Scientists have invented a cheap way of turning sea water into fresh water
Specialists of the University of Illinois found the energy-efficient material that is able to filter the salt from sea water. Nanomaterial films of molybdenum sulfide in the future can save arid regions of the problems with access to fresh water and allow the water crisis on the planet.
Current desalination systems have a number of significant drawbacks: high cost, high power consumption and rapid clogging of the system, explains resource Phys.org. A group of scientists managed to make ultra-thin films of molybdenum disulfide with microscopic holes. They pass through them the water molecules and the ions of salts and other components are delayed.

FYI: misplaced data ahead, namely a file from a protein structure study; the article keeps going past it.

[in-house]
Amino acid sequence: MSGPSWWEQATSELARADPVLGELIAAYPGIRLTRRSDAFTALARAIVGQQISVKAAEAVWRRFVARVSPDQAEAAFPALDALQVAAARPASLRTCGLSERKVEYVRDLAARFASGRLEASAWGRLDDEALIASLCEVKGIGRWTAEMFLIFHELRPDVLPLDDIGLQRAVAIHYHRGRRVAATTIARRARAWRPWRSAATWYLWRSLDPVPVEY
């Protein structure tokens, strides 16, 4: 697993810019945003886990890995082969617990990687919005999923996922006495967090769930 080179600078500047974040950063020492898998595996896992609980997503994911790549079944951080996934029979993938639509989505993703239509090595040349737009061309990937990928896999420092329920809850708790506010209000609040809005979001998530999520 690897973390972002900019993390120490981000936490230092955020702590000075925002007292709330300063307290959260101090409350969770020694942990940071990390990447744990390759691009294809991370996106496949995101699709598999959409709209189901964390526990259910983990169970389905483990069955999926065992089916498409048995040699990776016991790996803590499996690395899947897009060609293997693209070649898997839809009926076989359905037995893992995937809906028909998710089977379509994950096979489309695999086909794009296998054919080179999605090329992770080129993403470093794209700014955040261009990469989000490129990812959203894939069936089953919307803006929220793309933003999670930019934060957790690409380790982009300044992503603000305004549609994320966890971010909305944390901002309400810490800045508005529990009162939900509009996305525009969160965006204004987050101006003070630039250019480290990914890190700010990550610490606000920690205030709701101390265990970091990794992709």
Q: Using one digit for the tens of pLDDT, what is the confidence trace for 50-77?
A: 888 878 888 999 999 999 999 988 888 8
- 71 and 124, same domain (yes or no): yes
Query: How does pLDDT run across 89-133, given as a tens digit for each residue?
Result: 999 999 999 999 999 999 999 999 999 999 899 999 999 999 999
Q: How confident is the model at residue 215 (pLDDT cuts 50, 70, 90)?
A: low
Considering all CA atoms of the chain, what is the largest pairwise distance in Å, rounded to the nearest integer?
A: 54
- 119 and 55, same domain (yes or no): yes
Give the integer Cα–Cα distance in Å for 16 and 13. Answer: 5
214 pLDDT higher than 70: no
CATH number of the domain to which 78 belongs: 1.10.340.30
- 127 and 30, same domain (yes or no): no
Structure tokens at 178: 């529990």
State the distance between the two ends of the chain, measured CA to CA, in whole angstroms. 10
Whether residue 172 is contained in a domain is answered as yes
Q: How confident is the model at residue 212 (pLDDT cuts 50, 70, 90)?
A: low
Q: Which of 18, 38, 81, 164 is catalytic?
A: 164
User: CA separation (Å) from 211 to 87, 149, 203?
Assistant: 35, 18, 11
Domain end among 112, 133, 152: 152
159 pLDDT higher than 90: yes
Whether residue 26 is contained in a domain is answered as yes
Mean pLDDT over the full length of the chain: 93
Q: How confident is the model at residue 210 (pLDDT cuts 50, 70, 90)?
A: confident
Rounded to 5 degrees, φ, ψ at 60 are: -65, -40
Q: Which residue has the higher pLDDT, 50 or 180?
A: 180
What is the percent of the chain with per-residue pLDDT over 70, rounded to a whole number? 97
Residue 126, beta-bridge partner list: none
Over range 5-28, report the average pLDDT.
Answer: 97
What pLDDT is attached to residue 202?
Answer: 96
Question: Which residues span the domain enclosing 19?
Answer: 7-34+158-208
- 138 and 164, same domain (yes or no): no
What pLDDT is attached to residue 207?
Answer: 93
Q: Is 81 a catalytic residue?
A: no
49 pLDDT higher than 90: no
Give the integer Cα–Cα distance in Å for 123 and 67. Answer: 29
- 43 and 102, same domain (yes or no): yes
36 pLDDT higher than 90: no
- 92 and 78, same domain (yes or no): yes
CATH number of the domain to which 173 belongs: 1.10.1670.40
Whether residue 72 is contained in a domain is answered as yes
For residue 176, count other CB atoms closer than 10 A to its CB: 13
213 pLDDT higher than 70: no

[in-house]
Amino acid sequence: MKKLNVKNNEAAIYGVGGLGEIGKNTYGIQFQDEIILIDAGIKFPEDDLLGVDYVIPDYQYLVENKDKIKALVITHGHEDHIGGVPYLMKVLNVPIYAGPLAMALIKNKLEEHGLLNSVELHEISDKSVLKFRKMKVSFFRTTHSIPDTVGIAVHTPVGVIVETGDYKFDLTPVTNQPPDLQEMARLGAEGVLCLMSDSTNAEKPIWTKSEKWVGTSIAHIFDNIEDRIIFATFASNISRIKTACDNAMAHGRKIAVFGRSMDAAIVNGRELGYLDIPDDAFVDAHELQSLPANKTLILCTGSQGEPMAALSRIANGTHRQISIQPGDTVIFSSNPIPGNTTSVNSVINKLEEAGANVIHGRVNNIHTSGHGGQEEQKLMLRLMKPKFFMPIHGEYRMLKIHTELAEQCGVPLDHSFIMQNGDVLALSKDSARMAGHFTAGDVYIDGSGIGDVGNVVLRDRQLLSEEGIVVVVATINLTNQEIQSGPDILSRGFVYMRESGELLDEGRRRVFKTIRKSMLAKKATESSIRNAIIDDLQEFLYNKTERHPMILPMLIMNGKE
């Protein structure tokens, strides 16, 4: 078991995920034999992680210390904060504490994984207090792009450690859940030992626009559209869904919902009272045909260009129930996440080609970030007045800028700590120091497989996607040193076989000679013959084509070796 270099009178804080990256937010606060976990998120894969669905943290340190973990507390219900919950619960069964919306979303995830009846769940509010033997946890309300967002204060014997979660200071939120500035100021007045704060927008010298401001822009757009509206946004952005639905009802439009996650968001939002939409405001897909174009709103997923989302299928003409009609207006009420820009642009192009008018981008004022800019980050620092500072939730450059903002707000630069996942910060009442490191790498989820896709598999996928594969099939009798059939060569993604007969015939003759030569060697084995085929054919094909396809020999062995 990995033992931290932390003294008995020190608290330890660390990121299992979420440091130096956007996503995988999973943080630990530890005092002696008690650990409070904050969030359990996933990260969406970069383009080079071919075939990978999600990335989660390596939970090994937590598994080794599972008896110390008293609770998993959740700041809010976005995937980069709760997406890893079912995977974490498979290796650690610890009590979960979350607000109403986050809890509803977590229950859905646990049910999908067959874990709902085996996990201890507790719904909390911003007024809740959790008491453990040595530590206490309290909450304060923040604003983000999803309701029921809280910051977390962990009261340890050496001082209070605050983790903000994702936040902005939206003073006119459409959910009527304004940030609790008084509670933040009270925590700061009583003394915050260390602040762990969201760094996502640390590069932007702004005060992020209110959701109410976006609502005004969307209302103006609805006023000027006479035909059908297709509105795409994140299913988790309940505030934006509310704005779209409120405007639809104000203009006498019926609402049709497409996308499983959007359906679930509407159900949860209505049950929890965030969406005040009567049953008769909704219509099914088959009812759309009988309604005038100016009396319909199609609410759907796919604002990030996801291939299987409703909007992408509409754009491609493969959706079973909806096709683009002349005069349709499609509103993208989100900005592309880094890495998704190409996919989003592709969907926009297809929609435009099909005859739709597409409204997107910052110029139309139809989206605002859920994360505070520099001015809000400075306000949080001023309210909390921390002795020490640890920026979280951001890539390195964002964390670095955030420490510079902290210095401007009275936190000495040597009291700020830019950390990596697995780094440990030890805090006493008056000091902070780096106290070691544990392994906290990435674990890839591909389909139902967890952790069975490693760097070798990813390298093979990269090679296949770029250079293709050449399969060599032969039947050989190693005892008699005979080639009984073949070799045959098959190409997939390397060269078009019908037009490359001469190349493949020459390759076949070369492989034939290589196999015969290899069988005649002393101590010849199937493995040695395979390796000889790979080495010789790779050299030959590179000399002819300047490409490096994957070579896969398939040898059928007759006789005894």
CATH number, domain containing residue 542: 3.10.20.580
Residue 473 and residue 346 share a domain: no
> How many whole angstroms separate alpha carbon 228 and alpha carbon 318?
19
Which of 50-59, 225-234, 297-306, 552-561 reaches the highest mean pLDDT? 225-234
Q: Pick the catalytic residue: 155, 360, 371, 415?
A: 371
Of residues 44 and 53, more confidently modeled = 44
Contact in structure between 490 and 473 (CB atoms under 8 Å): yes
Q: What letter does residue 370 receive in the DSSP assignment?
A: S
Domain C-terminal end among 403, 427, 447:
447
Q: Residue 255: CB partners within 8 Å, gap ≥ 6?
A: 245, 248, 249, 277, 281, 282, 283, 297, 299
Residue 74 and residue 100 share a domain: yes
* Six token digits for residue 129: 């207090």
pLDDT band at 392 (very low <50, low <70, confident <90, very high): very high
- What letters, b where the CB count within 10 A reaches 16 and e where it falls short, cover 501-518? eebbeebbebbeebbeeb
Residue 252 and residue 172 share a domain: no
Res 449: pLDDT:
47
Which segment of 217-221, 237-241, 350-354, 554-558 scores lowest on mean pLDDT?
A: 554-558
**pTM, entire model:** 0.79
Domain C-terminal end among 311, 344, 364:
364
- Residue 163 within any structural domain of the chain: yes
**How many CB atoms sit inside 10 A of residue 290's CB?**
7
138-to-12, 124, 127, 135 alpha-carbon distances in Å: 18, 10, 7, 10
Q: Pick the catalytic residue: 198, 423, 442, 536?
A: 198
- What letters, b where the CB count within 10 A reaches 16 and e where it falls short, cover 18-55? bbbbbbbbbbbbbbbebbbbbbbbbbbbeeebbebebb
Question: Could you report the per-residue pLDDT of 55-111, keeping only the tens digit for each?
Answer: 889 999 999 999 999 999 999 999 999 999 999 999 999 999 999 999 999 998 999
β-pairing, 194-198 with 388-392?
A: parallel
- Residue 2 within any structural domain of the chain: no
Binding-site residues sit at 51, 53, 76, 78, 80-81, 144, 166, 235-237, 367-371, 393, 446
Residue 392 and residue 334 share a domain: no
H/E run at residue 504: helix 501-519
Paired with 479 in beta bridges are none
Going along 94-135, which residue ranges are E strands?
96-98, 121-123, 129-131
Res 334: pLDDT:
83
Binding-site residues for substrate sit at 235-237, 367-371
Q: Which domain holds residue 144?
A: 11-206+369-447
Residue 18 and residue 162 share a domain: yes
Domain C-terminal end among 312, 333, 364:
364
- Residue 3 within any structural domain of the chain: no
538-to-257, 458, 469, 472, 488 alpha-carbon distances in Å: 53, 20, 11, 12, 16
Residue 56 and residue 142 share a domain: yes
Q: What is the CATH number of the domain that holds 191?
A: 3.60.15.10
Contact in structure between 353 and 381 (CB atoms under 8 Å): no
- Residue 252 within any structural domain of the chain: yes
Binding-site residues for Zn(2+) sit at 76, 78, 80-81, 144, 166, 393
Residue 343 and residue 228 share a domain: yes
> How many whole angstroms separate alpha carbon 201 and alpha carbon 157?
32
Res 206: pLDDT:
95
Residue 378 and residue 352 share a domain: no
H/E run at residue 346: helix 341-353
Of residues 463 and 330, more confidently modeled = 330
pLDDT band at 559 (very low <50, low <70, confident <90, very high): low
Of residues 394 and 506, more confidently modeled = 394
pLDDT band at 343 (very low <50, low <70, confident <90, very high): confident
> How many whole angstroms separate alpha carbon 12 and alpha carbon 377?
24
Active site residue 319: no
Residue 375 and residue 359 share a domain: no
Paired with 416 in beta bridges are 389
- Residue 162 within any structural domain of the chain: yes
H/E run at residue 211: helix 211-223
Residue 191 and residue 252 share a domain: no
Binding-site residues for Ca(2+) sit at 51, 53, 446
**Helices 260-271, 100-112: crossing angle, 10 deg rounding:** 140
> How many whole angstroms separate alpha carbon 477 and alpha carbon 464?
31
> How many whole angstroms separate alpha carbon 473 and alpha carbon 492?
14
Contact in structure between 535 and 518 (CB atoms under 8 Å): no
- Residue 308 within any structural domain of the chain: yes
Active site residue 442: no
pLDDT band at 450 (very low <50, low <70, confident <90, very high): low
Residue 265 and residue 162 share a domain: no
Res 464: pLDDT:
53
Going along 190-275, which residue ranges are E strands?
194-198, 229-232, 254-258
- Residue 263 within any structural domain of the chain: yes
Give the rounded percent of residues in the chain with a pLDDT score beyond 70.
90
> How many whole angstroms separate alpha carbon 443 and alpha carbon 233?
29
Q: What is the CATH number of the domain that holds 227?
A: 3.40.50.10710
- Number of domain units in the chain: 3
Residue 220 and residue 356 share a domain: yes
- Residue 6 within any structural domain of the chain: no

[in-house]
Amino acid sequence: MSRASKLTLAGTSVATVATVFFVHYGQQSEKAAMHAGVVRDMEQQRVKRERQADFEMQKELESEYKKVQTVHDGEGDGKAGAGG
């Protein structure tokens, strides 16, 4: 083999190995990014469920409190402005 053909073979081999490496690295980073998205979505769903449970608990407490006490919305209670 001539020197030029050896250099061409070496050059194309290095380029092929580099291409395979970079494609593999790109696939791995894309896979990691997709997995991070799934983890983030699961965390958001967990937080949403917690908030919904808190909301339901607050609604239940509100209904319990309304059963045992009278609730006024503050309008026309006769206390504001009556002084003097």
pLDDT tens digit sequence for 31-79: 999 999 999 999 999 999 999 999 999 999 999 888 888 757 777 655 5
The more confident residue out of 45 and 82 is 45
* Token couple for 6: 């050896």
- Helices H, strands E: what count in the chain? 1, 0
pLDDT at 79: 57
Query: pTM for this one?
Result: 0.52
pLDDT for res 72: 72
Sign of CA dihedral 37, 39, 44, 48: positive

Opening managed to do by accident. In fact, researchers have experimented with detectors of the DNA molecules of the films graphite and molybdenum disulphide. It turned out that the latter is much more effective than other systems, desalination and purification of water from salt to cope much better quality: they require less maintenance costs and less power, and the thin film capable of withstanding the required pressure and volume of water.
Now scientists are working on a prototype and are looking for funding.